Right now, the Cook County State's Attorney's Conviction Integrity Unit is deep into its re-review of the nationally famous murder exoneration of Anthony Porter and imprisonment of Alstory Simon, who reportedly has been interviewed twice in recent weeks.
The review may pivot on a TV interview of Simon conducted by a well-known, veteran Milwaukee TV reporter.
You can read in detail about Simon's contention he was illegally framed by Northwestern University, a publicity seeking private investigator and a conflicted attorney, with able assists from the prosecutor's office and the news media. But it boils down to this:
- Was Simon's "confession" a charade, or was it real?
- Why did Simon persist in playing along with the charade for a time before he contended in court in 2001 that the confession was phony?
Here is why the Nov. 24, 1999 interview of Simon by Milwaukee TV reporter Colleen Henry is so important. Consider the timeline below:
- Feb. 3, 1999. Simon "confesses" to private investigator Paul Ciolino.
- Feb. 5, 1999. Anthony Porter is released from prison.
- Sept. 7, 1999. Simon is sentenced to 37 years in prison based upon his confession.
- Nov. 24, 1999. Henry airs interview with Simon.
- Early 2001. Simon files a motion in Cook County Circuit Court saying his confession was coerced and phony.
The obvious question raised by the Henry interview is why on earth would Simon agree to an interview essentially re-confessing to a crime he already was sentenced to prison for?
Simon had already confessed at sentencing so there was no need to impress the court with his contrition.
Simon advocates claim that Northwestern University journalism professor David Protess, investigator Ciolino and attorney Jack Rimland were part of a cabal who conspired to frame him for a crime he didn't commit. They say Protess, Ciolino and Rimland promised a light sentence and riches afterwards from book and movie deals. It was crucial, under this scenario, that the conspirators keep the phony confession from falling apart. One possible way to do this is for the conspirators to urge Simon to do a TV interview AFTER his sentencing.
Indeed, Protess repeatedly has cited the Milwaukee interview as evidence that Simon's confession was real.
After Simon was sent to prison, an unpleasant place where Simon had plenty of time to think, he could have recanted his confession and professed his innocence. But he didn't do it. instead, he granted an interview with Milwaukee TV reporter Colleen Henry.
Again, what motive would Simon have to do such an interview?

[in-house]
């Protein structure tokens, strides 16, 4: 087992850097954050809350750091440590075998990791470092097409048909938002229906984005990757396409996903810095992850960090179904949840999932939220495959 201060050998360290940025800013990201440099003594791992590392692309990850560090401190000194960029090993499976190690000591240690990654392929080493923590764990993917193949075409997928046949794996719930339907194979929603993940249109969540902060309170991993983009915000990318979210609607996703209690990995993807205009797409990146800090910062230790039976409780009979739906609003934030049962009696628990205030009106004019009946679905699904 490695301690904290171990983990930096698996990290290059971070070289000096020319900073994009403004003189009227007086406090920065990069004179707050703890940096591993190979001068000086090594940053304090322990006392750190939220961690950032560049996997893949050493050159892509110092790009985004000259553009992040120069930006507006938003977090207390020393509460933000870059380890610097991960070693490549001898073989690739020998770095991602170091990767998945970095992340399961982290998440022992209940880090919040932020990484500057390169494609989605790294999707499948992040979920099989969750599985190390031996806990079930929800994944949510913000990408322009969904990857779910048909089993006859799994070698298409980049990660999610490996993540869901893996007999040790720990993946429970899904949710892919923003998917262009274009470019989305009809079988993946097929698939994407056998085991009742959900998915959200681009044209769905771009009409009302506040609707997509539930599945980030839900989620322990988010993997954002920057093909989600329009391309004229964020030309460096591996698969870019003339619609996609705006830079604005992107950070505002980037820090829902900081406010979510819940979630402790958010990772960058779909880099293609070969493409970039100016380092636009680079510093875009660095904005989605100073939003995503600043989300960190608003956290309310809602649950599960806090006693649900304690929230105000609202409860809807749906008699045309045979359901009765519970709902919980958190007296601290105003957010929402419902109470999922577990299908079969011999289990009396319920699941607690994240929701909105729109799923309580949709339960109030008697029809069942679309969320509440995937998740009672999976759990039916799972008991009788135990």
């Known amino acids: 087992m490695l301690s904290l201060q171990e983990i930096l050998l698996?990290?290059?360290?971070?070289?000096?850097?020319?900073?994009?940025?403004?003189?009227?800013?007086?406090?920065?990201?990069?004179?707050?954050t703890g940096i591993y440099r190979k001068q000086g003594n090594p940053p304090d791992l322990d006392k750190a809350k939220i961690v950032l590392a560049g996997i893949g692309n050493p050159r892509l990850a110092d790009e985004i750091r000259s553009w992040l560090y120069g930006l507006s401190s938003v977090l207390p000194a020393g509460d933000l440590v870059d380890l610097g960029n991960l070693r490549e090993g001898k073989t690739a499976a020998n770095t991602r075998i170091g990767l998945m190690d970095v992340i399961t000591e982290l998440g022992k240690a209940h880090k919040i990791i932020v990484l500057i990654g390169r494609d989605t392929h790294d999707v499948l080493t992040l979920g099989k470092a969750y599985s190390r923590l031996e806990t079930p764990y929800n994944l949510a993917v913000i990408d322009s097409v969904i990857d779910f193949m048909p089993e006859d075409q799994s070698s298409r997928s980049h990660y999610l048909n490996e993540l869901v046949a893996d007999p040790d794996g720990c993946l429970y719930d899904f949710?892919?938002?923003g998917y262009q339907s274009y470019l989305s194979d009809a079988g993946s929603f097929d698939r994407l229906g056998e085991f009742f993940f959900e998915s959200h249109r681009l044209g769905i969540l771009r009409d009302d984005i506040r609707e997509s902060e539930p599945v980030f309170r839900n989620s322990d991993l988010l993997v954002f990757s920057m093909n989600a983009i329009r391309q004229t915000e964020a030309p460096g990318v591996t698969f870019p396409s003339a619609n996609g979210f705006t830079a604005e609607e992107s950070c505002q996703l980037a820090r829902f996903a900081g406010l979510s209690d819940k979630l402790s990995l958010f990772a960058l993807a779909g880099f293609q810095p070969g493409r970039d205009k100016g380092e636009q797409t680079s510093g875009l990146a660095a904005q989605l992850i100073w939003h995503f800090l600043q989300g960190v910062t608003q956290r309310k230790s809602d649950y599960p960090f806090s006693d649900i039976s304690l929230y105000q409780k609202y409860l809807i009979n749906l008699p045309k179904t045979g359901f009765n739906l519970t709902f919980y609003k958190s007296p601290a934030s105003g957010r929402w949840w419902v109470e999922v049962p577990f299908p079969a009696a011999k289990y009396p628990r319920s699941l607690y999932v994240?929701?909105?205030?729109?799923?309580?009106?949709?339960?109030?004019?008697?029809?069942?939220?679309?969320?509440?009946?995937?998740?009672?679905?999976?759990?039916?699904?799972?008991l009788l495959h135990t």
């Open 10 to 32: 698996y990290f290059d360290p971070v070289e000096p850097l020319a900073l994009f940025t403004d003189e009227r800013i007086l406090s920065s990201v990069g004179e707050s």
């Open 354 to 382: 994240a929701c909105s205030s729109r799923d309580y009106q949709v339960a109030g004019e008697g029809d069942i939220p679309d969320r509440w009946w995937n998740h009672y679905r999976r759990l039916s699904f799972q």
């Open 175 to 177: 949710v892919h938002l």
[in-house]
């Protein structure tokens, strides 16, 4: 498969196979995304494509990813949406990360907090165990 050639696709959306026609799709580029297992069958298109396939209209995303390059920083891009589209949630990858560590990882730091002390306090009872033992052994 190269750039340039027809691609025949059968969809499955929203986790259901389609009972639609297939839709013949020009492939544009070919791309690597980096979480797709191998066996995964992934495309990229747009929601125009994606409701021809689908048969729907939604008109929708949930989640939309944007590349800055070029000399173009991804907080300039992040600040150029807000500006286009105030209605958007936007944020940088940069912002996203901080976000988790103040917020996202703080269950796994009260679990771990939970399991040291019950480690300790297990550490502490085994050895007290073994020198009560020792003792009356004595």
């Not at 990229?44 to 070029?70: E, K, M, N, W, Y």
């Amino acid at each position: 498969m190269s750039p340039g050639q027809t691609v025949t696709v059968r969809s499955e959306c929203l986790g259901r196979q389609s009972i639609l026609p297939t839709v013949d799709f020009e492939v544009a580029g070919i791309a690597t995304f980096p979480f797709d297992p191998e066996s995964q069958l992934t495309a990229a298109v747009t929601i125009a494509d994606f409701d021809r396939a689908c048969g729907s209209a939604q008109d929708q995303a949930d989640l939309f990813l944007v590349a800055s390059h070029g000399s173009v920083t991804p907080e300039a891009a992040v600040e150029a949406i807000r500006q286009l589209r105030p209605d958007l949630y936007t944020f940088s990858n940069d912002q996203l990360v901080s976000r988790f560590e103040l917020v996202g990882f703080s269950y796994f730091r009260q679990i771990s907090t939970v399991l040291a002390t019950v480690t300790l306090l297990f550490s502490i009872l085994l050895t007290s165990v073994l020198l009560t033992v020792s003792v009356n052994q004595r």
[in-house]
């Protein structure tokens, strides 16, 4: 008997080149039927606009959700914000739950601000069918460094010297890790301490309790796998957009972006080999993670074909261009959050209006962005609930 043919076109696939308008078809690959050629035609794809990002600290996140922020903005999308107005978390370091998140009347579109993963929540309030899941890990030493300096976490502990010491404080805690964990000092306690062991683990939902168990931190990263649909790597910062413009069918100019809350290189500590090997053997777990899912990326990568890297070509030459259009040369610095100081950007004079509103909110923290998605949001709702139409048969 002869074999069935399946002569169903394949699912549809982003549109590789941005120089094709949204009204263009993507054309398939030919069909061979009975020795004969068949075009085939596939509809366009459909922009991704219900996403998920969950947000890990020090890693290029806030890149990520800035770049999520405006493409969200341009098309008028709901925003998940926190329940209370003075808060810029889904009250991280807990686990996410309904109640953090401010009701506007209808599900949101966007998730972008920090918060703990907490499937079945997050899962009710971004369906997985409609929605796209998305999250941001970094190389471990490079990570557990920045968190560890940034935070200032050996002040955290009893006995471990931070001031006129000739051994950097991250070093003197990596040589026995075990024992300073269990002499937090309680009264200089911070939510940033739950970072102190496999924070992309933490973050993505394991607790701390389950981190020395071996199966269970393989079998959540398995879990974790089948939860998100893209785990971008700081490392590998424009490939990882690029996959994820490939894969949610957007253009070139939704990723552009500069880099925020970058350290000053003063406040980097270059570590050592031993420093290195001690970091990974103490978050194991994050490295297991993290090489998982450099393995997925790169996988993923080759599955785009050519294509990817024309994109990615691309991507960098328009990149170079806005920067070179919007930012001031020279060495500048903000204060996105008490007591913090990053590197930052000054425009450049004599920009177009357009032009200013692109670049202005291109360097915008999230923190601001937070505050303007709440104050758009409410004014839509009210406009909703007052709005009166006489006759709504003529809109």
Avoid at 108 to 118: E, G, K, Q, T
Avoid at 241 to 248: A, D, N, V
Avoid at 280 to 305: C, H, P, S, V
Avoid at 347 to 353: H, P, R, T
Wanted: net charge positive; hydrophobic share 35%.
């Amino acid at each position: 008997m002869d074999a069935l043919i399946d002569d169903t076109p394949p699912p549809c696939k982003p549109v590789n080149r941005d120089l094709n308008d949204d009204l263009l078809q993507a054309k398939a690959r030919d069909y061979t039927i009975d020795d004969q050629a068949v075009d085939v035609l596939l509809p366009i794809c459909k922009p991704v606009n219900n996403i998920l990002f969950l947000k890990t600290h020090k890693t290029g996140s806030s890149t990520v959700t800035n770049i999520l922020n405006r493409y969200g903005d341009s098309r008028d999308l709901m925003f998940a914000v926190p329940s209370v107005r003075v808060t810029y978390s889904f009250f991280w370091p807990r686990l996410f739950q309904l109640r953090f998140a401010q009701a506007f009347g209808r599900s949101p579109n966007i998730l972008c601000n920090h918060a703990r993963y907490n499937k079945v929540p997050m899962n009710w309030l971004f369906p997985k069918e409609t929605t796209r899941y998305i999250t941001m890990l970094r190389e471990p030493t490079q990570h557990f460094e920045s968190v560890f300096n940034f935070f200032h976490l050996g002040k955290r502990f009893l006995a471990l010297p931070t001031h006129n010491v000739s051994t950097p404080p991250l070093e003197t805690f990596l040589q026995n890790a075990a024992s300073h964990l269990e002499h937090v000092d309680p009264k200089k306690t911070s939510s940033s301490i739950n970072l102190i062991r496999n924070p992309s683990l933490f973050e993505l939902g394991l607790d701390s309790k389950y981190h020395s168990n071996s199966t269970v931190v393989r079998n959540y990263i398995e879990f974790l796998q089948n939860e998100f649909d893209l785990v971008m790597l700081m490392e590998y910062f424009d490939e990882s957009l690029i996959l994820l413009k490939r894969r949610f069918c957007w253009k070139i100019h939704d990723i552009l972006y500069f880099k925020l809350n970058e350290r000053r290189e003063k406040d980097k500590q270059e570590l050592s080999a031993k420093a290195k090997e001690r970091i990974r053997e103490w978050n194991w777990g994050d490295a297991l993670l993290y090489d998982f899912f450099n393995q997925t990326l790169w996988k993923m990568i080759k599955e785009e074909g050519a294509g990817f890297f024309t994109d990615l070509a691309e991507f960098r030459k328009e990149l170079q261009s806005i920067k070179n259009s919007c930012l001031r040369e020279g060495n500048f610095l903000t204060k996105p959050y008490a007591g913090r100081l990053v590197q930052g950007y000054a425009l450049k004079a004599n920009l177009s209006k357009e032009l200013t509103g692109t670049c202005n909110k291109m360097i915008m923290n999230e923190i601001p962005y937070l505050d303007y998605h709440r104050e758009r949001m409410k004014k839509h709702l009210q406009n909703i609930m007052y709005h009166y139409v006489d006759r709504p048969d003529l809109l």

I asked Colleen Henry in an email this week. The Simon story was big in Milwaukee as well as Chicago because Simon was living there at the time of his arrest. I asked whether she set up the interview independently, or whether someone urged and/or helped facilitate the Simon interview. Although I don't know whether she knows Protess, she earned a post-graduate journalism degree from Northwestern University.
Here is the main part of my email to her:
As you well know, the re-investigation of the case centers on whether Simon's confession was genuine and uncoerced. Advocates for those who contend Simon's confession was real always point to your interview of Simon where he repeats his confession on camera.
Advocates for Simon contend the coercion was an illegal plot to frame him and that the plotters continually urged Simon to repeat his confession in order to bolster its credibility.
Considering all the above, as a former investigative reporter I believe it is crucial to know how your interview with Simon came about.
Did you seek him out on your own, or did someone first urge or suggest you interview him?
As an ex-journalist, I understand that this is the type of question you won't want to answer. However, considering a man has been sitting in prison for 15 years for a crime he may not have committed, I thought you might make an exception. I would guess that if the answer to my question is the latter scenario, you wouldn't want to be considered part of the scheme to frame an innocent man, even if it presumably was not done wittingly.
She has not responded.
Rimland is a key player here too. If Protess was helping Henry set up the interview, Rimland would presumably have to green light his client's participation in a TV appearance that had no apparent benefit to the inmate.
All this is informed speculation on my part, which very well could be missing context. Colleen Henry could clear what up happened here. I don't blame her for doing the interview; it was her job. However, in retrospect, if the interview was set up by advocates for Anthony Porter, she might have unwittingly been part of a criminal conspiracy that is continuing to imprison an innocent man. Henry, in addition to her career as a TV reporter, is also a lawyer. I'm sure she understands the potential gravity of answering the question above.
I hope she speaks out soon about this.